Even as the U.S. and China near a deal on trade, the Trump administration is becoming increasingly assertive in challenging Beijing on its geopolitical red lines.
Since Sunday alone, the U.S. has sailed a warship through the Taiwan Strait, released a report criticizing travel restrictions in Tibet and hosted Uighur exiles at the State Department. The moves — all of them defying China’s warnings against meddling in what it views as its internal affairs — came ahead the arrival of Treasury Secretary Steven Mnuchin and Trade Representative Robert Lighthizer in Beijing for trade talks.
All three visits by U.S. trade delegations since President Donald Trump and Chinese counterpart Xi Jinping declared their Dec. 1 tariff truce have been presaged by U.S. naval patrols through territory claimed by Beijing. While it’s unclear whether the operations were intended as a signal during talks, the administration appears willing to test the Communist Party’s bottom line while seeking commercial concessions.
The moves underscore a growing strategic rivalry that many observers expect to outlast any China-U.S. trade deal. Trump administration officials have given tacit approval to Taiwan’s request for its first purchase of new fighter jets in almost 30 years, people familiar with the matter said last week, and the U.S. has been pressing allies to stop using telecommunications equipment made by Chinese firms such as Huawei Technologies Co. over spying risks.
The White House and State Department didn’t immediately respond to requests for comment.
So far, the Chinese side has kept its policy of “strategic composure” toward Trump, protesting each move without linking the security disputes to trade talks. Xi warned in January that a host of domestic political and economic concerns pose a serious danger to the party’s rule, giving him a strong incentive to end the trade war as quickly as possible.
Wang Dong, secretary-general of the Pangoal Institution, a Beijing-based research group, said the American moves evoked the “gunboat diplomacy” of the 19th century, when the U.S. and other Western powers used their naval might to force open Asian markets.
“Even if their intention is to use this as a way to send some sort of signal to China, I think it is a very dumb one,” said Wang, who’s also an international relations professor at Peking University. “China is not Iraq or Venezuela. The United States will not always get its way with gunboat diplomacy.”
Few issues irk China more than U.S. military support for Taiwan, which Beijing considers a province and reserves the right to take by force. The democratically run island has found a receptive audience inside Trump’s White House, with some officials advocating sending more warships through the Taiwan Strait, one current and one former administration official told Bloomberg in October.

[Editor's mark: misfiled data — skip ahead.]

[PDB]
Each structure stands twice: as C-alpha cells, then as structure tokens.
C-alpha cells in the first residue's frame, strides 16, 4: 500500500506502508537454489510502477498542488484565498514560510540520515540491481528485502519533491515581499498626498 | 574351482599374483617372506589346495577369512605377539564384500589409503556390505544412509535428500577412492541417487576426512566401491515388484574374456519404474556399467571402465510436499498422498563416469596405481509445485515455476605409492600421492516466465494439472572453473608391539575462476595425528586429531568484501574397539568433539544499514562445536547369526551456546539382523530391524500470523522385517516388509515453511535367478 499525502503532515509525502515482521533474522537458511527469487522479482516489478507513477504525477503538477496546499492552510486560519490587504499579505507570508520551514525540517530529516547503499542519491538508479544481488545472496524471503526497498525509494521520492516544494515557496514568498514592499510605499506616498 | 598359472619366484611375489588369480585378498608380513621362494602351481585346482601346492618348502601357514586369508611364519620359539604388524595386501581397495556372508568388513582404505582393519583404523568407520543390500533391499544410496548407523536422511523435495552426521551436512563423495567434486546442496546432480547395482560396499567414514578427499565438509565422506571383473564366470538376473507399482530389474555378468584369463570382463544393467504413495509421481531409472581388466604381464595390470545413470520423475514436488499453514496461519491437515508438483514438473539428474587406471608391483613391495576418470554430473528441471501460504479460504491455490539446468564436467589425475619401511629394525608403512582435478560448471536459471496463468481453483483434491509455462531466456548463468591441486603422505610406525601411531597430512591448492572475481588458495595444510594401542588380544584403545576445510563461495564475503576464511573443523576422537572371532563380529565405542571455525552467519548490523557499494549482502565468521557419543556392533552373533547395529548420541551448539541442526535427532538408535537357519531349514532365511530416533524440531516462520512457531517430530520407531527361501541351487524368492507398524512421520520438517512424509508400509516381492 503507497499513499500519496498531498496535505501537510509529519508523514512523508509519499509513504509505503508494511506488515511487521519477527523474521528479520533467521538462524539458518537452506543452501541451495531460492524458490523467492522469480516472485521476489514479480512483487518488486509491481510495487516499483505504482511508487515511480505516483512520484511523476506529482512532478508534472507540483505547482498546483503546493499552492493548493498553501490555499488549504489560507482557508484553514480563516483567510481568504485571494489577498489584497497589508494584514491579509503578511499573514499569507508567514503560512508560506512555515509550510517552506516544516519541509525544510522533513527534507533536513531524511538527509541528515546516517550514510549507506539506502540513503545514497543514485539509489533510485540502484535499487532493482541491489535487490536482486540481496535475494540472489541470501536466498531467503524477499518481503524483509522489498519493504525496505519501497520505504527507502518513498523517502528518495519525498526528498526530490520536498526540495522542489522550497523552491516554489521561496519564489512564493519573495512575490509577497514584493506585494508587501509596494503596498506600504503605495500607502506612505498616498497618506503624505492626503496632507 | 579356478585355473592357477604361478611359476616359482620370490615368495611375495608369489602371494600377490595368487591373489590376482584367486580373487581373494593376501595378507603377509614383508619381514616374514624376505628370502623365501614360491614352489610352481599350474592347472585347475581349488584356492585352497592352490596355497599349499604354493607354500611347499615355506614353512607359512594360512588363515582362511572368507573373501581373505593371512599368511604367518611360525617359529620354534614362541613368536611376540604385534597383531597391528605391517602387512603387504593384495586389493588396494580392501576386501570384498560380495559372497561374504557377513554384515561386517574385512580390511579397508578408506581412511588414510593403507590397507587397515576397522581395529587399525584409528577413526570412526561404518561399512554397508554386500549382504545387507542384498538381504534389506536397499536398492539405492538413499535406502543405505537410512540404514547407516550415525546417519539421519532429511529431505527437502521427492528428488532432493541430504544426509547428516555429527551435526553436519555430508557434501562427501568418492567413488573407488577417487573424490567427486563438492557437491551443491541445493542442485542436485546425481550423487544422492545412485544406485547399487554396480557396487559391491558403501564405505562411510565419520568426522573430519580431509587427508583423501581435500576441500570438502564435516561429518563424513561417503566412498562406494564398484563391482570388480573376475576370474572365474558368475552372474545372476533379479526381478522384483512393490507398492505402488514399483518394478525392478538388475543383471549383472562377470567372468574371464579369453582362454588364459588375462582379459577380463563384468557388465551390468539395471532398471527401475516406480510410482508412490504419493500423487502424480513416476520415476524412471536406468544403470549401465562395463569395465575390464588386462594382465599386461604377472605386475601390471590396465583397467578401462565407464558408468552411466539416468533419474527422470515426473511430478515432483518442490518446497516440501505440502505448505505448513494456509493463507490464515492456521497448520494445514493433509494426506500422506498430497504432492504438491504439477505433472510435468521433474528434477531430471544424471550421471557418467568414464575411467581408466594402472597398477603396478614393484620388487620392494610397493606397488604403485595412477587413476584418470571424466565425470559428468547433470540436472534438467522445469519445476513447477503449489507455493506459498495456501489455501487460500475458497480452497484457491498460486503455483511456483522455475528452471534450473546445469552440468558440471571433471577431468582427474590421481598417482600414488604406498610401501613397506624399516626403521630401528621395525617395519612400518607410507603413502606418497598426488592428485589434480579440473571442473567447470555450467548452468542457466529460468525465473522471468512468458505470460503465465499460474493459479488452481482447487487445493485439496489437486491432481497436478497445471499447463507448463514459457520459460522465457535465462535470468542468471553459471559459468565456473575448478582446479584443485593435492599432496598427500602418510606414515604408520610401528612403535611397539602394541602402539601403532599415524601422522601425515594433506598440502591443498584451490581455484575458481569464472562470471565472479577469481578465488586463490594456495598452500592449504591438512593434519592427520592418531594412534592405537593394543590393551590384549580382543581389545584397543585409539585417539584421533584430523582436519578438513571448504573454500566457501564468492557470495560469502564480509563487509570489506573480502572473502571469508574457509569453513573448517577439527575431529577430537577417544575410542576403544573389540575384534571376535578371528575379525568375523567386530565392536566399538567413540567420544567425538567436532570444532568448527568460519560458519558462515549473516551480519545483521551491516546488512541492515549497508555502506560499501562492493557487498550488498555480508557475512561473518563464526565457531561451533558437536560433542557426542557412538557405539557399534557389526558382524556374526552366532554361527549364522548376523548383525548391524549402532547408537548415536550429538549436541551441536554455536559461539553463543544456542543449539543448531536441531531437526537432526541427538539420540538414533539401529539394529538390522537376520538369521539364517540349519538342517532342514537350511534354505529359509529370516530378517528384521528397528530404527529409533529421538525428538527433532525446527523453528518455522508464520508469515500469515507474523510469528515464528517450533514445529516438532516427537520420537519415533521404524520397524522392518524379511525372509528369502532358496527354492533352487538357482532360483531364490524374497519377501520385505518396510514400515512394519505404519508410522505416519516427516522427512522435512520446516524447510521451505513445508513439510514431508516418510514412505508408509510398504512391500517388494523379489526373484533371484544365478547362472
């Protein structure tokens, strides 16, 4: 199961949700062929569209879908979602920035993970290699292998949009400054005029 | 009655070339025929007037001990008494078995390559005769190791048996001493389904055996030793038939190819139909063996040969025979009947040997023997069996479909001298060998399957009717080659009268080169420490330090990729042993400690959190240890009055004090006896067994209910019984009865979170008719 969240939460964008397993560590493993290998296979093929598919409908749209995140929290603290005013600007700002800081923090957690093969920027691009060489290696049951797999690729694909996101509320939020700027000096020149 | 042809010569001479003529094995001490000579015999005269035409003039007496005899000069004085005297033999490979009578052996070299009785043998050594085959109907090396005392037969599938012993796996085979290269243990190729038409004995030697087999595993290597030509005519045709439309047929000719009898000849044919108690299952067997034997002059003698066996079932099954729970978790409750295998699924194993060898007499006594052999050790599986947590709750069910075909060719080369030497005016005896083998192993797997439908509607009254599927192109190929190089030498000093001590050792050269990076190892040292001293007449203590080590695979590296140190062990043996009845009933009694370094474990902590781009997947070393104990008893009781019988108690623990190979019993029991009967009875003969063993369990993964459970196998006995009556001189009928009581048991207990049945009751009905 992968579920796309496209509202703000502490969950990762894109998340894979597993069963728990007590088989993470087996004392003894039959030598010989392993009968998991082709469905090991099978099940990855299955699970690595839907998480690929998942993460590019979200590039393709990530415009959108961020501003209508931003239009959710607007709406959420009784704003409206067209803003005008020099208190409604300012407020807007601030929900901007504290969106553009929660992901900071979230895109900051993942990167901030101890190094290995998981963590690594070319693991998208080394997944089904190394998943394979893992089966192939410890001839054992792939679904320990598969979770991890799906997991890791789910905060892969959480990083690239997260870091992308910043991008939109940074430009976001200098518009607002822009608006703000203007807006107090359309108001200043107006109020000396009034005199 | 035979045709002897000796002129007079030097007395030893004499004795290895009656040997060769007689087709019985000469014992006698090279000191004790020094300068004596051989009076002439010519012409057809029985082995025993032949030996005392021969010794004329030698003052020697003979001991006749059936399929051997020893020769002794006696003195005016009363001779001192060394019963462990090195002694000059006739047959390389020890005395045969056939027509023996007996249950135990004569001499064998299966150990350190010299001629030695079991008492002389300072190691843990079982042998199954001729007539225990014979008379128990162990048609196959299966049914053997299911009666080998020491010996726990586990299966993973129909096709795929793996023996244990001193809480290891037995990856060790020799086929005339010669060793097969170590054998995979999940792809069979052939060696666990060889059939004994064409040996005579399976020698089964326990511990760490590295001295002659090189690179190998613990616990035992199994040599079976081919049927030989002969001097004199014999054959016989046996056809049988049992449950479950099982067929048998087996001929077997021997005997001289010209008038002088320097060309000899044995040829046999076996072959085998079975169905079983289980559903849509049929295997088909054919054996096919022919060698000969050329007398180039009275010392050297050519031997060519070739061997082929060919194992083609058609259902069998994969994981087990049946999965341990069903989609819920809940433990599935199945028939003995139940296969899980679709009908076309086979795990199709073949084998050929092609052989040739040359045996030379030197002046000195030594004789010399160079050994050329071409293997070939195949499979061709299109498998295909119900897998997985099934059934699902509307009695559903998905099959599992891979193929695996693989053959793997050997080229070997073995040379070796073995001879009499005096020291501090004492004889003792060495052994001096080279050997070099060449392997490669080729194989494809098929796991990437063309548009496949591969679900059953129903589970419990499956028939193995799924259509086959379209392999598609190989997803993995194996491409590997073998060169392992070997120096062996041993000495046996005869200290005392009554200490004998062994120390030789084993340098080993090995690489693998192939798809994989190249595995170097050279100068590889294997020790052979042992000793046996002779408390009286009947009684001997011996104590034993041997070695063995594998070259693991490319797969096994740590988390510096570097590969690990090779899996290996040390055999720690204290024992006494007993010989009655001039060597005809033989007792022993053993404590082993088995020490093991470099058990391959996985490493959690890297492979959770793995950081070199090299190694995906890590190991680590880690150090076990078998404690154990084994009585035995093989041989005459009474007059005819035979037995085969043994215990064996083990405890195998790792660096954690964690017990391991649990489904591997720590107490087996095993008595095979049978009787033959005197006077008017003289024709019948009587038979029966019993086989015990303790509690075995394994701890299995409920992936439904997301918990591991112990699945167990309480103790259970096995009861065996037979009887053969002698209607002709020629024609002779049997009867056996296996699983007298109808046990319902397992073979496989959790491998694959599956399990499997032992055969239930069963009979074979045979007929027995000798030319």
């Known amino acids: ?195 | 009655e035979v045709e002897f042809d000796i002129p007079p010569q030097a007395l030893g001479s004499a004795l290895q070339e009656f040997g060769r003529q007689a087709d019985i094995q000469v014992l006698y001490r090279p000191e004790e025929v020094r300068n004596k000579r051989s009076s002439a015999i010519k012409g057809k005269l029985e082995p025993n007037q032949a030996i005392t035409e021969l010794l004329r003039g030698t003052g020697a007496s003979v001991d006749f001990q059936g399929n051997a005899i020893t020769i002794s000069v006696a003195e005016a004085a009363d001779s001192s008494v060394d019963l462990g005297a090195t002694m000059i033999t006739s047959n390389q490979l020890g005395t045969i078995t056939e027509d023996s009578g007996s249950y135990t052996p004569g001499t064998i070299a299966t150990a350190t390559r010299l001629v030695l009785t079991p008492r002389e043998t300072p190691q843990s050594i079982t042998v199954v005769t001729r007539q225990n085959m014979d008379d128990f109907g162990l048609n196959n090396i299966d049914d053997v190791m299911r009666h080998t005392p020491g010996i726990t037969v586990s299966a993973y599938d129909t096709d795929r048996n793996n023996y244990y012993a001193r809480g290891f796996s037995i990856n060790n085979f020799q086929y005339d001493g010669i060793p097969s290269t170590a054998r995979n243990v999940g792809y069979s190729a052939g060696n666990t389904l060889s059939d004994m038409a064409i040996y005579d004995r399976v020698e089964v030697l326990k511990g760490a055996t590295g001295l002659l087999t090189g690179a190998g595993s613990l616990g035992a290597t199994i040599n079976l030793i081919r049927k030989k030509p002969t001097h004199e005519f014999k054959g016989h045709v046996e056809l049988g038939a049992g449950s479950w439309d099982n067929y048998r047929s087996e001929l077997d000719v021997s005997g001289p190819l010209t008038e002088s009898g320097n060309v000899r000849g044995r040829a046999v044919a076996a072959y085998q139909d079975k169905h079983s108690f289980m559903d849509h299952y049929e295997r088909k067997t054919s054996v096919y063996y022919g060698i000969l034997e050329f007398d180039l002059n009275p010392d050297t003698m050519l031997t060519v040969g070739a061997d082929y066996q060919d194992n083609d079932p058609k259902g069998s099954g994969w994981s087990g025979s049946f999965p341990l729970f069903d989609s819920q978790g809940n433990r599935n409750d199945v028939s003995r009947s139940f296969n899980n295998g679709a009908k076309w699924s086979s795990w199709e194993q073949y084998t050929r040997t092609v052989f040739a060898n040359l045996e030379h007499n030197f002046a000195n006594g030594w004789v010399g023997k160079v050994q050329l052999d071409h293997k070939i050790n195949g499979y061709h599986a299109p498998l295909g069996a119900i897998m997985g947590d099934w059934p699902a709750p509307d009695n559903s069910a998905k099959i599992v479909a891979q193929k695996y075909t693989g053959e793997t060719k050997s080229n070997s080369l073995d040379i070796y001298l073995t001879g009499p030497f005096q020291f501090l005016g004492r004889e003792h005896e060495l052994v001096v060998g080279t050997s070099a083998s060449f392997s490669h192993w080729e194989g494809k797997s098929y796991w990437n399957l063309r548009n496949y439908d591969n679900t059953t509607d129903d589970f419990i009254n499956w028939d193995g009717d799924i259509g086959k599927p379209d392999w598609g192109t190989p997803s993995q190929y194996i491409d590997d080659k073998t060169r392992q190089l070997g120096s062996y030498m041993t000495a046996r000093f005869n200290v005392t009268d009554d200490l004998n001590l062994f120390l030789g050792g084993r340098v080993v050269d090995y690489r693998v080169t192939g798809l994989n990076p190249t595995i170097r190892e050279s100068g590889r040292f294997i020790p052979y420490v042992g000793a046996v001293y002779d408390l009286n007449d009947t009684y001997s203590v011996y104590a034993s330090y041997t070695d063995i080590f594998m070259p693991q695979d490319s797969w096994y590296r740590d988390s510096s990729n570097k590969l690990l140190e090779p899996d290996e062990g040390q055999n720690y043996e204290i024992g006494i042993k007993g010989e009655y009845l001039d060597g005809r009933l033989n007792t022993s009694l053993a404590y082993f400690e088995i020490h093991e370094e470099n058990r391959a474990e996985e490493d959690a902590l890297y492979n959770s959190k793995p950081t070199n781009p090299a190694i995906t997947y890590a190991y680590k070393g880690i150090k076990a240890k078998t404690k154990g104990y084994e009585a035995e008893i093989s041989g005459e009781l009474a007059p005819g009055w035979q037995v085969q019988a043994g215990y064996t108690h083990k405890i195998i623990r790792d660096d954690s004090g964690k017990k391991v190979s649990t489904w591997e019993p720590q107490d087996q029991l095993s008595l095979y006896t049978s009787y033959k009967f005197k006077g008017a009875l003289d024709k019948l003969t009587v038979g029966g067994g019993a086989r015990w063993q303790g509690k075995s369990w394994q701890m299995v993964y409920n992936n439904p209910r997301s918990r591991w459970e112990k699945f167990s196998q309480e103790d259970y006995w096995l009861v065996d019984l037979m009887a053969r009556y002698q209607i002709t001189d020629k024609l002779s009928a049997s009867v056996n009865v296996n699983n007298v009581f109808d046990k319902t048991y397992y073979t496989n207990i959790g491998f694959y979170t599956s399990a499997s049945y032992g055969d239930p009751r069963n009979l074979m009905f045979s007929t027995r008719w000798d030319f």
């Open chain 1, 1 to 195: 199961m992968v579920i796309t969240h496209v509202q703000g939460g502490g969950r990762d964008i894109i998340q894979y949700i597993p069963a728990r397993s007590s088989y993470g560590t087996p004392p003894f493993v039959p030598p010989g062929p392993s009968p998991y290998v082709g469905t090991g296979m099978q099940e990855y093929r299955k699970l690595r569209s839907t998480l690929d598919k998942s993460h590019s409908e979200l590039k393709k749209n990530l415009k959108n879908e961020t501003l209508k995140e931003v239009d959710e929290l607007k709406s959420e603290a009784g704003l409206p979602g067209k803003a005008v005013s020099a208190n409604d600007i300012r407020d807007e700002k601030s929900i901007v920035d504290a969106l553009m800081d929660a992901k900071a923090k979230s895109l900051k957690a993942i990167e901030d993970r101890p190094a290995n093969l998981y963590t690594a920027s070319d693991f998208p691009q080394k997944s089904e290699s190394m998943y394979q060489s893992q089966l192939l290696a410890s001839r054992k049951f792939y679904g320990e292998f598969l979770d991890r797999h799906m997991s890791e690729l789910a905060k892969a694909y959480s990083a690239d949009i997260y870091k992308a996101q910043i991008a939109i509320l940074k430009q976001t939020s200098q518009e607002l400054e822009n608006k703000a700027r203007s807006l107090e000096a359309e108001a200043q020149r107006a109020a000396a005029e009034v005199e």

“We urge the U.S. to fully recognize the highly sensitive and harmful nature of the relevant issue,” Chinese Foreign Ministry spokesman Geng Shuang said Friday in response to the potential F-16 sale. Geng cautioned the American side to “carefully and prudently handle the Taiwan-related issues lest it should seriously damage the cooperation between China and the U.S. in important areas and the peace and stability across the Taiwan Strait.”
Although Trump has avoided overtly recognizing Taiwan since his pre-inauguration phone call with the island’s president, Tsai Ing-wen, he has signed legislation calling for more diplomatic and military exchanges with the island. Tsai, who hails from a pro-independence party, also made what China considers to be a provocative transit stop in Hawaii on Wednesday, while en route to visit some of her dwindling diplomatic partners in the Pacific.
The U.S. has complicated Beijing’s efforts to consolidate control on its frontiers, dispatching warships to challenge Chinese claims in the disputed South China Sea. U.S. Secretary of State Michael Pompeo has also criticized China’s “abhorrent” detention of as many as 1 million Uighur Muslims in the country’s far west, and met with a group of exiles in Washington on Tuesday.
Keeping such frictions from interfering with trade talks could become more difficult as negotiations drag on and the U.S. pushes harder on sensitive fronts. And Xi can only tolerate so much as he tries to protect his image as a strong leader capable of completing China’s return to global influence after a “century of humiliation” at the hands of imperial powers.
“The U.S. seems to be more willing to play the Taiwan card in a rather radical way,” the nationalistic Global Times said in a March 6 editorial. “But such action is risky and will meet with retaliation from Beijing if it goes too far, which will in turn harm U.S. interests.”
— With assistance by Peter Martin, Nick Wadhams, and Justin Sink
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